my external rotation was limited so I worked really hard on improving my external rotation. I got kinda stuck and things didn't seem to be improving... perhaps paradoxially when I started working on my internal rotation my external rotation improved immensely.
finding the same thing now... my ankle dorsiflexion is extremely limited. have worked that pretty hard for a while now. just started working harder on my ankle plantarflexion and what do you know? dorsiflexion is improving.
Sometimes i think our bodies limit the ROM in one plane if they are fearful of lack of strength in the opposite plane.
In a way (note - recognize I'm totally highjacking this thread but it's a really interesting topic to me!)... Our bodies are set up to have a full range of motion in all directions. If range is missing, our body HAS to compensate in some way otherwise we cannot get into whatever position we need to be in. Overextending the spine when putting arms overhead is a classic one. As is letting the core collapse when in hip flexion.
People who are missing internal rotation in their hips often compensate to the point where their neutral set-up is in a slightly internally rotated position (think of the hoards of people who have weak glutes, complain about collapsed arches in their feet, and are somewhat knock-kneed). That means that valuable external-rotation is being lost by getting the hip (and leg) back to a neutral position before you then get into an externally rotated position. Which is why when you worked on your internal-rotation your external-rotation improved. Your set-up was better at the start, so there was less need for your body to compensate.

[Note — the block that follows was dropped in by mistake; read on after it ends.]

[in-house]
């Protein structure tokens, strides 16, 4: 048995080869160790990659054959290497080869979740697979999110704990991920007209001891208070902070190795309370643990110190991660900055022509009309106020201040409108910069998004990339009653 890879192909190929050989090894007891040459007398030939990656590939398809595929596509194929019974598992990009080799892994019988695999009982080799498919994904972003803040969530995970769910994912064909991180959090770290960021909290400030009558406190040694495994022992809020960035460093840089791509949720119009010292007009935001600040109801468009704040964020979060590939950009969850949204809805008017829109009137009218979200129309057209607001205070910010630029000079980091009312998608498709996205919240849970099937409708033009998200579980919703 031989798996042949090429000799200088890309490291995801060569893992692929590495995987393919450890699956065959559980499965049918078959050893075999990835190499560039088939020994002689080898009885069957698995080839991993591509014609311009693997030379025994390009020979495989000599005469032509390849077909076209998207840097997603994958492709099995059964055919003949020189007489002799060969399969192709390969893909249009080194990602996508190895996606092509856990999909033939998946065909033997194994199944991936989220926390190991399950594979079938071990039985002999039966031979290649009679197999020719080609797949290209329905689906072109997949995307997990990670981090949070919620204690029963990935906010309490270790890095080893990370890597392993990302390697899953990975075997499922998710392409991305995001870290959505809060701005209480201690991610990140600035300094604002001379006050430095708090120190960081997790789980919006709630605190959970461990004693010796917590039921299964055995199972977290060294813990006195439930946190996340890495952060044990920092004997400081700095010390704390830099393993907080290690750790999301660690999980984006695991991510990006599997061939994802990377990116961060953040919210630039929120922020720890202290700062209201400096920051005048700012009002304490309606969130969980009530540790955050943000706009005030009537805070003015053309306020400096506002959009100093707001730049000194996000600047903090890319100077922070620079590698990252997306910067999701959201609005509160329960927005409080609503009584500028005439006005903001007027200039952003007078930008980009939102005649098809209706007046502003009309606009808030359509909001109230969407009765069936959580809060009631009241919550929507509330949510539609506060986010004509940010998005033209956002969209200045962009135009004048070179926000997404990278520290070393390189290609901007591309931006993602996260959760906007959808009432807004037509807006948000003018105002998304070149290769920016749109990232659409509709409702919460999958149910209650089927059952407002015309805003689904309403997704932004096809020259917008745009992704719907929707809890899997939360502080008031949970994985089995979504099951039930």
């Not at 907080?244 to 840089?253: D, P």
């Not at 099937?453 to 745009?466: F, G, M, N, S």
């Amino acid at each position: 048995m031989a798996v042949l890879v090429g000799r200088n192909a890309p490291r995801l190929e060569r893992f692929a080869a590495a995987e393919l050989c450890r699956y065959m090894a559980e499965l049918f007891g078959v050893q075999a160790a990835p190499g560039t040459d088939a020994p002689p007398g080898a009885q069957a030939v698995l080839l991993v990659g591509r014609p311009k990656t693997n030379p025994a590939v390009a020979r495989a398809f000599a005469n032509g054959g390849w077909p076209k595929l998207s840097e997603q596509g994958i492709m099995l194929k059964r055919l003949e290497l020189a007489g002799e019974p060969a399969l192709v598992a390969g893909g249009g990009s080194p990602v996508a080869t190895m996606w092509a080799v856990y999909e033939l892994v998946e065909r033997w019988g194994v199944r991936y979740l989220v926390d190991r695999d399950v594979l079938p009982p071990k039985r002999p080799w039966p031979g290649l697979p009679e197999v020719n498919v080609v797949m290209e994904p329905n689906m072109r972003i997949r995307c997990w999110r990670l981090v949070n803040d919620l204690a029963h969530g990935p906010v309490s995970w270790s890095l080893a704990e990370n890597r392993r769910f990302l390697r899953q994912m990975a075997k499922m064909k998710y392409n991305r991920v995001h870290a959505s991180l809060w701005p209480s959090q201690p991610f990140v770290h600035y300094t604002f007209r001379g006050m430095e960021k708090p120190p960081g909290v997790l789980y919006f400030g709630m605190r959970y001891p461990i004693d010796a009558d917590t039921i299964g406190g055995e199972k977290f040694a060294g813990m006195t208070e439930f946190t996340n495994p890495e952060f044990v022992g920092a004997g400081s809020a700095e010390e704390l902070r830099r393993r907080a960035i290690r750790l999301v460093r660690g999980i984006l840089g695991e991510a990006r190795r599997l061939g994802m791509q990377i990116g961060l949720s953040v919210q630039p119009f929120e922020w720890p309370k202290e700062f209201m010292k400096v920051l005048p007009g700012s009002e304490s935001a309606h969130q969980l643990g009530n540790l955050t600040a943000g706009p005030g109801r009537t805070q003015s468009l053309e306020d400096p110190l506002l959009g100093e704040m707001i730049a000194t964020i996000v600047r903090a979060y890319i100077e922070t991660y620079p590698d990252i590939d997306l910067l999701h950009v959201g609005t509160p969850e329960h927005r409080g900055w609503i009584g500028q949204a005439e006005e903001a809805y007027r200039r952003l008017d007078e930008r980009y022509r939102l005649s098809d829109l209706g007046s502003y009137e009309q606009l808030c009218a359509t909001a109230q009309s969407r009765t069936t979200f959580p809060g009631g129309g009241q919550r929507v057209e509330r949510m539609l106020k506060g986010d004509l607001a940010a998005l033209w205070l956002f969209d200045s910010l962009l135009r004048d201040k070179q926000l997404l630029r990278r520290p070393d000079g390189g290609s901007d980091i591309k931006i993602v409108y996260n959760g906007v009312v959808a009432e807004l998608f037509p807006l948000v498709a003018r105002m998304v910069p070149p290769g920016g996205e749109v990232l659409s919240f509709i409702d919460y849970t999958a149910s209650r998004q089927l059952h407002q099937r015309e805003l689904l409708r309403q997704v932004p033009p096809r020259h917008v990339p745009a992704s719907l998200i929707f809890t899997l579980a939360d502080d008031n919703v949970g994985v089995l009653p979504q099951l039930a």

So, while it's not necessarily a deficiency in strength that limits our ROM in a particular plane, it is very often a deficiency in position, or our bodies ease in which we can attain certain positions...
thanks for that! i found that really very interesting indeed.
totally agree with you on it being about mobility / position problem rather than strength. not quite sure why i mentioned strength...
i think i hear what you are saying about having a slightly internally rotated natural set-up. it really doesn't do me any favors for oly lifting where i need to develop a slightly externally rotated set-up (in order to clear the knees and keep my chest up / hips down). of course (i'm starting to realize) it is even more of a problem for females because of the wider pelvis / greater relative femur length / sharper q angle.
i'm just starting to learn what it really means to drive the knees out / pull the hips through. damn... i feel like i need to work on my femur rotation, indeed... just got some micro-bands and finding it very fatiguing to drive the knees out hard even on an air squat. doing x band side walks. go go glute medius